So how exactly was Zombie going to make this film any more scarier? Well, for starters, he was gonna give us a little more backstory on Michael, show us what led him to become the way he was, and even show us his first kill. There is nothing more unsettling than watching a little kid slit a grown man’s throat. From there he explores his time in the mental institution and his downward spiral into madness. After that, he just makes him non-stop brutal. So brutal that you almost feel every hit or stab, you cringe even more at the sound of a skull cracking or a neck snapping, and when he pops out of nowhere or crashes through a wall in an attempt to murder someone, you jump higher than you ever have. Zombie made this new Halloween so brutal, so violent, that I was actually desensitized to the original. I watched the 1978 version months later and was actually bored by it. That’s how you make a remake better – make the original seem boring and safe.4. Fright Night (2011). Here’s what sold me on this film from the very beginning: David Tennant as Peter Vincent, the magician/vampire slayer. That’s it. The fact that the Tenth Doctor was in this film was enough for me. I mean, Colin Farrell (one of my favorite actors) as the vampire Jerry was a nice addition as well, but it didn’t compare to the Doctor being cast. With that being said, I’d also like to add that, like the Friday the 13th remake, I wasn’t really worried if they messed up this film. I wasn’t a big fan of the original. I had maybe only watched it once when I was younger, and it never really latched on as one of my favorites. It wasn’t a bad flick, just wasn’t a favorite. The actual reasons I wanted it to do well was because it would introduce more people to the greatness that is David Tennant, and it might usher in a new wave of quality vampire films that might save us from the crap that is Twilight. Honestly, I think it did more of the former and less of the latter, which is fine by me, but it would be nice to see less sparkly vampires and more slaughter-y vampires. I was starting to get bored with the vampire genre, but this film managed to rekindle a bit of the love for the bloodsuckers. It was scary (I jumped a few times), it was witty (Tennant is quite funny), and it was incredibly well done (vampires that kill and don’t sparkle). It managed to make itself one of my favorite horror films, which is more than I can say for it’s predecessor. High five for that. 5. The Amityville Horror (2005). This film is one of those “Wow, I really didn’t expect that!” type of films. By that I mean it was actually a good remake and Ryan Reynolds proved that he can do more than just act like a goof. He was legitimately scary, like frighteningly scary. At no point was I thinking “Oh Ryan, put that ax down and stop acting like an idiot,” it was more like “HOLY SHITE! He’s gonna kill them! He has lost his damn mind!” Don’t get me wrong, I like Ryan as an actor but he’s always been the funny guy. This film was the first time I had seen him in something where he wasn’t trying to be comical. And it worked. Since then, I’ve seen him do more than just comedy and the guy can actually act, he’s got range. This film was proof of it. The rest of the cast was solid too (Melissa George, Chloe Grace Moretz, and Philip Baker Hall, just to name a few). And the film itself was well written, suspenseful, and quite scary. Just as good as the original, if not better. I mean, it makes me not want to be a home owner. Well, that and high mortgage rates and interest on home loans, finding safe areas to live in with good schools, and the fact that my credit isn’t so great right now. But mostly possessed houses.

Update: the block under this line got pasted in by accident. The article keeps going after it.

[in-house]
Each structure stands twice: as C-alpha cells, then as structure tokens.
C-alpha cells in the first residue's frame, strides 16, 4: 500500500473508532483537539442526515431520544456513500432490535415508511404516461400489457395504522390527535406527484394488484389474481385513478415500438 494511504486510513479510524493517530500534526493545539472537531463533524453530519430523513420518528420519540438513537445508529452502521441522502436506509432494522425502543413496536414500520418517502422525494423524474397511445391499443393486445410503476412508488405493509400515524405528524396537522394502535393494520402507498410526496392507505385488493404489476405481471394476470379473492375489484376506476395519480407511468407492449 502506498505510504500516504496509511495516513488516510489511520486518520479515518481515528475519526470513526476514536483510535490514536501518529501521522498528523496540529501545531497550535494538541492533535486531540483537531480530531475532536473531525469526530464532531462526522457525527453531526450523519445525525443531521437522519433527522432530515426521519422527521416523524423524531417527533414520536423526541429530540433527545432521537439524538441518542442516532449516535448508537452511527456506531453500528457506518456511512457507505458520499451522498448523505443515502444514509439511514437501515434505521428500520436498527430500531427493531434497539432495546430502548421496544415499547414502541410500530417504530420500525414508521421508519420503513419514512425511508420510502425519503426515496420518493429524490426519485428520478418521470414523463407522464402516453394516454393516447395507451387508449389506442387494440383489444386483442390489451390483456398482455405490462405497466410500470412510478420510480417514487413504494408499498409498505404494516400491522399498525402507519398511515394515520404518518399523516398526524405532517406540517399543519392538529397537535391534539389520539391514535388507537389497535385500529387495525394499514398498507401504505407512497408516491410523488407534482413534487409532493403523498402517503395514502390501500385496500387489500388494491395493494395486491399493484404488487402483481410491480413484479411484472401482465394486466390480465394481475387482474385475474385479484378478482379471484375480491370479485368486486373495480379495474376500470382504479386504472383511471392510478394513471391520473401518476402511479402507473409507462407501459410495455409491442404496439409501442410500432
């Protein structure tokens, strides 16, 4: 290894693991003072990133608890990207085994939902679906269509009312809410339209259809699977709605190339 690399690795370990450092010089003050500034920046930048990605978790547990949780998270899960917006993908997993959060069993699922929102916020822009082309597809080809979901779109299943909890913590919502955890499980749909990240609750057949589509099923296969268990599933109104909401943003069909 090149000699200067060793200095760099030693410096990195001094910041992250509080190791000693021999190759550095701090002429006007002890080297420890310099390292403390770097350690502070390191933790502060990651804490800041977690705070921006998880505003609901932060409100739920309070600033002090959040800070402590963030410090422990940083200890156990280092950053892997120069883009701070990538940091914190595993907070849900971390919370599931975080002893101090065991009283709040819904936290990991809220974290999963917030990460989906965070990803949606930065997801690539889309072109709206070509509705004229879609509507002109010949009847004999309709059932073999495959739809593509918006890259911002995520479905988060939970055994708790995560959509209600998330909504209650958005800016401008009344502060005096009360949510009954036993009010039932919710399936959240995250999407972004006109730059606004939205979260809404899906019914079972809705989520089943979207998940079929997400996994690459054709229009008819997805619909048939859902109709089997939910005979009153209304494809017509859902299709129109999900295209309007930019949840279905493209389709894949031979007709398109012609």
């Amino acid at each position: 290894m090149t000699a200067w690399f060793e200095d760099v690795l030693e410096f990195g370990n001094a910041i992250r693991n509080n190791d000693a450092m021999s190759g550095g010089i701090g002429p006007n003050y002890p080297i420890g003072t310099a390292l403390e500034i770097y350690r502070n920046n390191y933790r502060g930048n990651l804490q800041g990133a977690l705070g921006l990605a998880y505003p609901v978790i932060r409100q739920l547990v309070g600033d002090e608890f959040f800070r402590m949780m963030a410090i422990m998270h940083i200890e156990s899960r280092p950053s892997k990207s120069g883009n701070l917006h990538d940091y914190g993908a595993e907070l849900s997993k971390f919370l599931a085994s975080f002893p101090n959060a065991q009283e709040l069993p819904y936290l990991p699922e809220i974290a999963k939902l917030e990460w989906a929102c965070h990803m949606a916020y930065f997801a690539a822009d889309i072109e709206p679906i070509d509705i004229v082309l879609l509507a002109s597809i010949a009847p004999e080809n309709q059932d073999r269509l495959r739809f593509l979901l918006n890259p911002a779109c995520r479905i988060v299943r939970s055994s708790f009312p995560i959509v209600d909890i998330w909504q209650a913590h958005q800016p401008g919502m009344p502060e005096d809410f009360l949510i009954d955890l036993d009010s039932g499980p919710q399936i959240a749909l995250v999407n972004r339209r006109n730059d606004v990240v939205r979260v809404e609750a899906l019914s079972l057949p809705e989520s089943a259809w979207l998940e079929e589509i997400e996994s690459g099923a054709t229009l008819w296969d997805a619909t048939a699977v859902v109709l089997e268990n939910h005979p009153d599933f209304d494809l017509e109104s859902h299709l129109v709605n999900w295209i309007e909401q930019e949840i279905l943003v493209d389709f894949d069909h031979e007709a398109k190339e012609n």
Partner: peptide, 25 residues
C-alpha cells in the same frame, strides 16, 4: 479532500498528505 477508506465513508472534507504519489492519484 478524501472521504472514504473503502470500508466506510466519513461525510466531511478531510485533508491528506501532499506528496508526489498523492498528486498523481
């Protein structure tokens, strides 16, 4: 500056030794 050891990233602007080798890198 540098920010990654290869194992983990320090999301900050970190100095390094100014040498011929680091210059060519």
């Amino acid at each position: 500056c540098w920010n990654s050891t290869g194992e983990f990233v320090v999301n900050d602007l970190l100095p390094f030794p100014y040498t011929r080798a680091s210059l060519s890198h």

6. Dawn of the Dead (2004). I wanna just start by saying that I hate zombies, especially in film. I find them quite boring and pointless. In the gallery of movie monsters, they are the lamest, right there with possessed dolls and baked goods. By saying this, I hope you can assume that I have a great dislike for anything with zombies with the exception of Shaun of the Dead, The Walking Dead, and Dead Rising. Oh, and this movie. This is an excellent movie. The best thing about the zombies in this flick is the fact that they’re quick. They’re the “Carl Lewis”-type zombies, which in real life, you don’t want to encounter but in movie life, it makes things more exciting. Here are some other great things about Dawn: First off, it was Zack Snyder’s feature film debut (one of my favorite directors). Secondly, it’s a solid remake of an already classic zombie film (Ok, I enjoy the original too. Happy now?). Thirdly, it takes place in a mall, which is the perfect place for a zombie film because it allows for the zombies as well as the people to die in so many strange and incredible ways (especially in the food court). Fourthly, it has Ving Rhames. Doesn’t mean it’s going to be good (Day of the Dead) but then again, it could be (Pulp Fiction). Finally, and most importantly, I made me enjoy zombie films just a little bit more. That’s not an easy thing to do and if someone or something can do that, even just a little bit, than something great has been accomplished and praise is deserved.